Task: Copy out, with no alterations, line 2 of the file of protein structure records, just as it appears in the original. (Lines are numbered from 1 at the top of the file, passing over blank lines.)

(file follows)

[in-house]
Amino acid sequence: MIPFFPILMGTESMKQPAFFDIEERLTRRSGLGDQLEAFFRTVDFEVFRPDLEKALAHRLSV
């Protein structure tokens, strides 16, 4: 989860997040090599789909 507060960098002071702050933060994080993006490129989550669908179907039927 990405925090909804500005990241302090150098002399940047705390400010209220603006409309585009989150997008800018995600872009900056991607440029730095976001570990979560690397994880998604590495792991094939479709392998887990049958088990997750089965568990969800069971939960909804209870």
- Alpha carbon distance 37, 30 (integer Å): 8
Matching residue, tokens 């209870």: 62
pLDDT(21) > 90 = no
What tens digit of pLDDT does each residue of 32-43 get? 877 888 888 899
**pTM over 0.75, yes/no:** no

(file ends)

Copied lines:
Amino acid sequence: MIPFFPILMGTESMKQPAFFDIEERLTRRSGLGDQLEAFFRTVDFEVFRPDLEKALAHRLSV